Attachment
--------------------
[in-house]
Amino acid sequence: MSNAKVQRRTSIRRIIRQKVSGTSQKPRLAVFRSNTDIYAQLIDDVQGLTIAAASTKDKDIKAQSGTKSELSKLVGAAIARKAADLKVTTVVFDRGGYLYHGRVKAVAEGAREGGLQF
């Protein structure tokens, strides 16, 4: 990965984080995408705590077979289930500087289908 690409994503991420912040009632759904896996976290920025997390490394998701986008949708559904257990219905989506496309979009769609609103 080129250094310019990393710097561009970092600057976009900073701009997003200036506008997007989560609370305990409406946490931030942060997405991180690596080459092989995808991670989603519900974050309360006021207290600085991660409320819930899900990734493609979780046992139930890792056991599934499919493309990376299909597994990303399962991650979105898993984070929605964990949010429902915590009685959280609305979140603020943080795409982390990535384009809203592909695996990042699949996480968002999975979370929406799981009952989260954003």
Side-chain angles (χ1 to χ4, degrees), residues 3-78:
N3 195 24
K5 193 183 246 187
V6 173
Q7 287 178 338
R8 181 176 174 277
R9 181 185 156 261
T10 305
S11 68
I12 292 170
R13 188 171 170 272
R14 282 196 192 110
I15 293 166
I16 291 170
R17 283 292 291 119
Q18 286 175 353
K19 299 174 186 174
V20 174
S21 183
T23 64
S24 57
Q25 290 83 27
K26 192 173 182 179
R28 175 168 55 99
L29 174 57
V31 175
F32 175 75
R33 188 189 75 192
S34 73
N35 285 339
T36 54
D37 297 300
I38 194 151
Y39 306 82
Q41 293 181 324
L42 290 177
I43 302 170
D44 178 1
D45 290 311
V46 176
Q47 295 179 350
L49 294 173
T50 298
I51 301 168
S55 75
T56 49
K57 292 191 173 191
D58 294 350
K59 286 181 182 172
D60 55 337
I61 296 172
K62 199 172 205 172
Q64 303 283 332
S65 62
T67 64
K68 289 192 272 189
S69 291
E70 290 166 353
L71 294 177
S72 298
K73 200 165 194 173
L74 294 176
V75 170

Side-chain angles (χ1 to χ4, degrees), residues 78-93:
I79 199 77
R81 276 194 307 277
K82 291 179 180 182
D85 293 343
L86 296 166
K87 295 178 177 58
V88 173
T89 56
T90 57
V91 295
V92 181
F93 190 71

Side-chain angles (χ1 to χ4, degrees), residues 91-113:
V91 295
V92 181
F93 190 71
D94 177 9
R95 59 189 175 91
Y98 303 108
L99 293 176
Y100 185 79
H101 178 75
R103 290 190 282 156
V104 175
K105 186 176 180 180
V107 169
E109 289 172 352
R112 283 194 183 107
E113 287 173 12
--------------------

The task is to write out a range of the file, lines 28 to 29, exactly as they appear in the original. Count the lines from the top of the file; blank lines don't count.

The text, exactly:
L29 174 57
V31 175